The Wildwood neighborhood on N.C. 86, just south of Hampton Pointe shopping center, has several streets named for Confederate military figures: Wade Hampton, Judah Benjamin, George Anderson, Alexander Stewart, Charles Tew, Walter Clark, Braxton Bragg and John Breckridge.
In 1865, the neighborhood and the shopping center — then the Dickson farm — were home to thousands of Confederate soldiers under the command of Gen. Joseph E. Johnston, who surrendered to Union Gen. William T. Sherman at Bennett Place on April 26, 1865.
James Freeland, who developed the Wildwood subdivision, as well as the Daniel Boone Village, was “a great history enthusiast,” local historian Scott Washington wrote in The News of Orange County. He doesn’t know why or when those streets in Wildwood were named, Washington told The N&O.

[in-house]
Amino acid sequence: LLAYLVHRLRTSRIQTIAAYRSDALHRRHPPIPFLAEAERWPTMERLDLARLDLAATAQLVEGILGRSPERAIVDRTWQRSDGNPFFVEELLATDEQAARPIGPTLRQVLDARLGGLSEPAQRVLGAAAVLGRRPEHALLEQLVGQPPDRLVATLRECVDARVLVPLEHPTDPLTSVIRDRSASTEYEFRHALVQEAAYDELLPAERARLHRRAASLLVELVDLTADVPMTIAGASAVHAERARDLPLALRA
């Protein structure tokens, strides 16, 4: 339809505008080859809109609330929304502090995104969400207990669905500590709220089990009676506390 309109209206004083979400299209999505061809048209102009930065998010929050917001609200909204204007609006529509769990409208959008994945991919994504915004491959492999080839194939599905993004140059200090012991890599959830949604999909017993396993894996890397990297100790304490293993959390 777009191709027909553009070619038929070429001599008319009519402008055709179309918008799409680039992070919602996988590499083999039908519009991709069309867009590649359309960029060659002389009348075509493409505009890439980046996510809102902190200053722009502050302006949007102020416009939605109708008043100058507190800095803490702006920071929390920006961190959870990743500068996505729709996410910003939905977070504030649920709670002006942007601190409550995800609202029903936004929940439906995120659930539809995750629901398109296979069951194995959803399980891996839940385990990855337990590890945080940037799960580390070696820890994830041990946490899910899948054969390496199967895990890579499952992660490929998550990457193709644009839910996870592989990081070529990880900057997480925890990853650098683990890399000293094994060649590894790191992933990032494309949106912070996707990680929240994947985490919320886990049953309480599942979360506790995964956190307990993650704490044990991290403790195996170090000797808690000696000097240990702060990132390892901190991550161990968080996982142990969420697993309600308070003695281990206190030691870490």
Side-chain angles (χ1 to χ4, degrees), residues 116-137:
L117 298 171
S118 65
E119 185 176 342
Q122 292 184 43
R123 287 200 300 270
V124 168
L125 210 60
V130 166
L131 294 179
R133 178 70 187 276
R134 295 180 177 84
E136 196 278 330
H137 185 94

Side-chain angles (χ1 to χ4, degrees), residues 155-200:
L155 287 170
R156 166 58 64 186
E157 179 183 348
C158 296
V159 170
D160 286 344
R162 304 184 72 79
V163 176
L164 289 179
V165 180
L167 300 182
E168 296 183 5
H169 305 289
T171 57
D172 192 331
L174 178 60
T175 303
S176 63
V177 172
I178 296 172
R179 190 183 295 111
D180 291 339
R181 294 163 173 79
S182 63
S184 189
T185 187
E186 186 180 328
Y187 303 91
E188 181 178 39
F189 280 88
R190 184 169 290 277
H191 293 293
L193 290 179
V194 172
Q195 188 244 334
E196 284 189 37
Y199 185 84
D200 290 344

All local history is worth discussing, and there’s more to be told, especially about Hillsborough’s non-white residents, Weaver said.
“History is always being told and retold, and when things are named by only one particular group, that tells a story,” Weaver said. “I think that if names are changed, then … that is history-making in and of itself, and it’s part of the historical record of new knowledge and understanding that comes to light over time and how we need to tell our story.”
However, change often meets resistance, whether that’s out of concern about erasing history, the expense of changing street signs and maps, or how a new name could affect emergency services, business and residential mail.
The town of Chapel Hill encountered those concerns in 2004 when Airport Road was renamed for Martin Luther King Jr., affecting over 800 businesses and residents. New street signs included both names until 2017 when the words “Historic Airport Road” were removed.
There also is an emotional reaction to changing names that have been part of the landscape for many years, said Kirsch.